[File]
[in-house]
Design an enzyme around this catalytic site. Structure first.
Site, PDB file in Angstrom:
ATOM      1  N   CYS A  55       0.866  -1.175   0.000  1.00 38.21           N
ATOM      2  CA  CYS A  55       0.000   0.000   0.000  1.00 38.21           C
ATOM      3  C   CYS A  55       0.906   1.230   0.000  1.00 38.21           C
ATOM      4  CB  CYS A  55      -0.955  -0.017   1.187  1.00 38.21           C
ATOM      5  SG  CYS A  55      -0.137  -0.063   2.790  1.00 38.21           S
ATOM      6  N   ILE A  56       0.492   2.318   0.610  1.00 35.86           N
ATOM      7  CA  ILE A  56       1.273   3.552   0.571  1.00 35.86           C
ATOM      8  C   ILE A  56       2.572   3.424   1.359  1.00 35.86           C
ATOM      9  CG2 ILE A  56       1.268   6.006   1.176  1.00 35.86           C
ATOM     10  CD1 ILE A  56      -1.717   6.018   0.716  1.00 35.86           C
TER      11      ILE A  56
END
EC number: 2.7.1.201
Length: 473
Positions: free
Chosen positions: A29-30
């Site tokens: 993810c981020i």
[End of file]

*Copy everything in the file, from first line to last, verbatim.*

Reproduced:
[in-house]
Design an enzyme around this catalytic site. Structure first.
Site, PDB file in Angstrom:
ATOM      1  N   CYS A  55       0.866  -1.175   0.000  1.00 38.21           N
ATOM      2  CA  CYS A  55       0.000   0.000   0.000  1.00 38.21           C
ATOM      3  C   CYS A  55       0.906   1.230   0.000  1.00 38.21           C
ATOM      4  CB  CYS A  55      -0.955  -0.017   1.187  1.00 38.21           C
ATOM      5  SG  CYS A  55      -0.137  -0.063   2.790  1.00 38.21           S
ATOM      6  N   ILE A  56       0.492   2.318   0.610  1.00 35.86           N
ATOM      7  CA  ILE A  56       1.273   3.552   0.571  1.00 35.86           C
ATOM      8  C   ILE A  56       2.572   3.424   1.359  1.00 35.86           C
ATOM      9  CG2 ILE A  56       1.268   6.006   1.176  1.00 35.86           C
ATOM     10  CD1 ILE A  56      -1.717   6.018   0.716  1.00 35.86           C
TER      11      ILE A  56
END
EC number: 2.7.1.201
Length: 473
Positions: free
Chosen positions: A29-30
């Site tokens: 993810c981020i």